LIVINGSTON, NJ - Students at Mount Pleasant Elementary School are discovering just how much there is to learn about how things grow. They’ve dirtied hands, planted seeds, and tended their rainbow-themed plots to harvest some healthy treats that don’t come from the supermarket.

Inspired by the work of the Livingston Township Food Day Committee, the school has embraced the concepts of healthy eating and gardening in an effort to help children understand where food comes from, to excite them about trying new fruits and vegetables, and to let them have a hands-on gardening experience.

Garden organizers, including MPE parent volunteers and the MPE School Counselor, Jennifer Kelner, knew they had to start small with their garden idea in order to build support for the MPE garden and secure resources. But things moved quicker than anticipated and the results exceeded their expectations.

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Gardening organizers were able to secure a grant from the Liberty Hall Museum Community Farmers Market and a generous lumber donation from Kuiken Brothers. Plans quickly expanded as students, teachers and Principal Natalie Topylko embraced the garden concept.

The Rothfeld, Doherty and Kelner families worked one evening to build six raised beds located in the school courtyard, which is thankfully protected by four walls. Expert Landscapers generously volunteered their time to clean up the garden space, move soil and prepare the garden beds. And just last week Durante Landscaping came and volunteered to do additional clean up work.

Students voted on the choices to grow, picking a rainbow theme for the inaugural year of gardening. Garden organizers picked vegetables and fruits based off what grows well in NJ and what would fit in the assigned color beds.

Jodi Rothfeld, an MPE parent who is working on earning her Master Gardener status through Rutgers, worked with Mrs. Kelner to plan curriculum and lead classes in garden activities.

“Jodi Rothfeld and Jennifer Kelner brought our ideas to life in a way that really created value for students and their parent school partnership helped launch this garden,” said Stacey Rubinstein, a parent volunteer and garden organizer.

Many classes were involved in planting seedlings as tomato, eggplant, basil, corn, chives, peas, and yellow squash seeds were planted in recycled materials, which were donated by students, to grow into seedlings. Seedlings were then transplanted into bigger “homes” and many transplants were planted into their colored garden bed.

“This volunteer opportunity has been a labor of love. The process has been exciting and fun, and has served as a learning opportunity for all involved. Students have learned about the stages of a plant, what a plant needs to survive, why our space is special. We have been so fortunate that our school leadership and teachers realize the learning opportunities that exist in gardening,” Mrs. Rothfeld said.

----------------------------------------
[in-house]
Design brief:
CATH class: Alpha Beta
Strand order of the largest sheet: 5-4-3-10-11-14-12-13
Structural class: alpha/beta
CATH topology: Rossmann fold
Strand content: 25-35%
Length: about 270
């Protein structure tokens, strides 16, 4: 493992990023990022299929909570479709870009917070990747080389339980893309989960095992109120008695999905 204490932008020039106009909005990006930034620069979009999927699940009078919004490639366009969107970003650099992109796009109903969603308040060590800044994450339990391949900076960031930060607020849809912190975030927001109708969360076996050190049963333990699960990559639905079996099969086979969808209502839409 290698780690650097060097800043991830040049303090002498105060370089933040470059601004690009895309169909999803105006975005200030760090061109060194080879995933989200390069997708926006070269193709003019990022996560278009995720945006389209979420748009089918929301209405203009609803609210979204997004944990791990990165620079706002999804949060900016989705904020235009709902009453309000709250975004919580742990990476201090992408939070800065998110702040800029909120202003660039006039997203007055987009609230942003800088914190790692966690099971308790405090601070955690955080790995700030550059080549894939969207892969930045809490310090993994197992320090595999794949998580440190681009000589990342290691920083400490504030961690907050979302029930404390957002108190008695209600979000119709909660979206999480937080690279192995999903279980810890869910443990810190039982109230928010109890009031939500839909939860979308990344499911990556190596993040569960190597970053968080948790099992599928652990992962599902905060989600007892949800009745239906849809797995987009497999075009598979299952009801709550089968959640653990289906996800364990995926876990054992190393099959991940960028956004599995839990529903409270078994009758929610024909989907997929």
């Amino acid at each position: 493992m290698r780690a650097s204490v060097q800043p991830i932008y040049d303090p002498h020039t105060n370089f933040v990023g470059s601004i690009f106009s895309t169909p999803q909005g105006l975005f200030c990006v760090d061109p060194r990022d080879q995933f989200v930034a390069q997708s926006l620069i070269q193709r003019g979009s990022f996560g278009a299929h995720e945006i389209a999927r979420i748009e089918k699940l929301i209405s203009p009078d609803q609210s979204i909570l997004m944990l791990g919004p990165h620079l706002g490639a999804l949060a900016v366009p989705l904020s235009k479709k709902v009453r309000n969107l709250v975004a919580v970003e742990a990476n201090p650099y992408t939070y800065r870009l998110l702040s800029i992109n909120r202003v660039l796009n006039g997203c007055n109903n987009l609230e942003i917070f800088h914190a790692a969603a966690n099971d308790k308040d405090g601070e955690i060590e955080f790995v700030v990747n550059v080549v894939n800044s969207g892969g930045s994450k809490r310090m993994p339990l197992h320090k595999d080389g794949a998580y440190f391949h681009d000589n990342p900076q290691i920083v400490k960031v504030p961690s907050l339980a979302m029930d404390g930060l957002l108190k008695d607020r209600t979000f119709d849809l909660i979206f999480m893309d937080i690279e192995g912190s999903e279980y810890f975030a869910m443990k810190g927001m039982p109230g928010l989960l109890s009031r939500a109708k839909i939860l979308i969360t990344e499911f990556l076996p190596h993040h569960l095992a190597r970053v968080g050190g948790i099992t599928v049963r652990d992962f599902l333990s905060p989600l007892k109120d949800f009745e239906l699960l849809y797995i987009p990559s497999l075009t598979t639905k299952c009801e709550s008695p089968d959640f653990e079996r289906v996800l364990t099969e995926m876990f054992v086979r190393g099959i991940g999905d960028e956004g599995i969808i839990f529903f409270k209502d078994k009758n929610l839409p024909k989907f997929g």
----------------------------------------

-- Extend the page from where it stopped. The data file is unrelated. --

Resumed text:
“Students have had to work together and are beginning to gain a better understanding of the word community through garden activities,” Mrs. Kelner said. “The MPE teachers have been very excited about this project. They jumped on board and have used the garden as a means to teach the life cycle of plants and healthy eating.”

“My favorite part of this project has been working with the kids and teachers and to see their excitement about learning something new and gardening,” Mrs. Rothfeld said. “While many students and teachers never gardened before and it has been wonderful to see them become open to the idea. Those with experience have been willing to share and help others. And all appreciated the change of pace from the classroom and the opportunity to be outdoors and get their hands dirty. It's going to be really exciting when they get to make this space even more their own by extending our growing season into spring, fall and winter months.”

The MPE garden has blossomed into a real community garden, which has been enjoyed by more than 20 MPE families throughout the summer who helped maintain the garden by watering, weeding and harvesting.

Robby Doherty said he enjoyed gardening over the summer. “It’s fun to work in the garden and I get to bring home food to try.” His favorite was the blueberries because he was able to pick and snack while watering the other plants.

“This project is so important as it has helped show my kids where food really comes from and it has encouraged my boys to try new foods. They are very aware of healthy choices and the garden has helped,” said Robby’s mom, Linda.

The Coleman family also enjoyed watching the vegetables grow each week, especially the corn, and they have enjoyed connecting with other families through the garden. First grader Jenya Narang added, "I have lots of fun watering the growing plants, weeding and picking the eggplants. It feels like our own garden in our backyard. And I love looking at ducklings playing in the garden."

To see more photos of the garden, click HERE.